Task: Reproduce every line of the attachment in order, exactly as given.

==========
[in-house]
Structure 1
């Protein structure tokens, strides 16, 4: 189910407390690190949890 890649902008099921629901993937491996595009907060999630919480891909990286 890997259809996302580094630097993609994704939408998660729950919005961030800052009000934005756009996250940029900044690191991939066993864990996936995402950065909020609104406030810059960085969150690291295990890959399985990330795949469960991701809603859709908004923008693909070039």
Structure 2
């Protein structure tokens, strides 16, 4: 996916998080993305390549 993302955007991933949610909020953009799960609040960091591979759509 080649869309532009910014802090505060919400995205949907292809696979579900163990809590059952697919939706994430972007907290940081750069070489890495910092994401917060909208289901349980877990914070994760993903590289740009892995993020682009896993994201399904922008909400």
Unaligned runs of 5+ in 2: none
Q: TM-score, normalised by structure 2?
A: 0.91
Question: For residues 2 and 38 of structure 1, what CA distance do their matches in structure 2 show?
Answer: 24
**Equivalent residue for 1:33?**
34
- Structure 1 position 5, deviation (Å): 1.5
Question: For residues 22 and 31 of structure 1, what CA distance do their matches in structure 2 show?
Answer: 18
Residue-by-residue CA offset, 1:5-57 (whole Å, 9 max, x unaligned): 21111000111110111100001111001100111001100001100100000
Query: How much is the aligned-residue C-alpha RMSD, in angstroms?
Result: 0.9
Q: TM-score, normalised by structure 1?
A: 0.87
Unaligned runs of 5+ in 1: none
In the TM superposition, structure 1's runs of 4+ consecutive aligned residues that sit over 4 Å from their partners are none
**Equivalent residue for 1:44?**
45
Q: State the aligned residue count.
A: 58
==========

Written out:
[in-house]
Structure 1
């Protein structure tokens, strides 16, 4: 189910407390690190949890 890649902008099921629901993937491996595009907060999630919480891909990286 890997259809996302580094630097993609994704939408998660729950919005961030800052009000934005756009996250940029900044690191991939066993864990996936995402950065909020609104406030810059960085969150690291295990890959399985990330795949469960991701809603859709908004923008693909070039």
Structure 2
């Protein structure tokens, strides 16, 4: 996916998080993305390549 993302955007991933949610909020953009799960609040960091591979759509 080649869309532009910014802090505060919400995205949907292809696979579900163990809590059952697919939706994430972007907290940081750069070489890495910092994401917060909208289901349980877990914070994760993903590289740009892995993020682009896993994201399904922008909400």
Unaligned runs of 5+ in 2: none
Q: TM-score, normalised by structure 2?
A: 0.91
Question: For residues 2 and 38 of structure 1, what CA distance do their matches in structure 2 show?
Answer: 24
**Equivalent residue for 1:33?**
34
- Structure 1 position 5, deviation (Å): 1.5
Question: For residues 22 and 31 of structure 1, what CA distance do their matches in structure 2 show?
Answer: 18
Residue-by-residue CA offset, 1:5-57 (whole Å, 9 max, x unaligned): 21111000111110111100001111001100111001100001100100000
Query: How much is the aligned-residue C-alpha RMSD, in angstroms?
Result: 0.9
Q: TM-score, normalised by structure 1?
A: 0.87
Unaligned runs of 5+ in 1: none
In the TM superposition, structure 1's runs of 4+ consecutive aligned residues that sit over 4 Å from their partners are none
**Equivalent residue for 1:44?**
45
Q: State the aligned residue count.
A: 58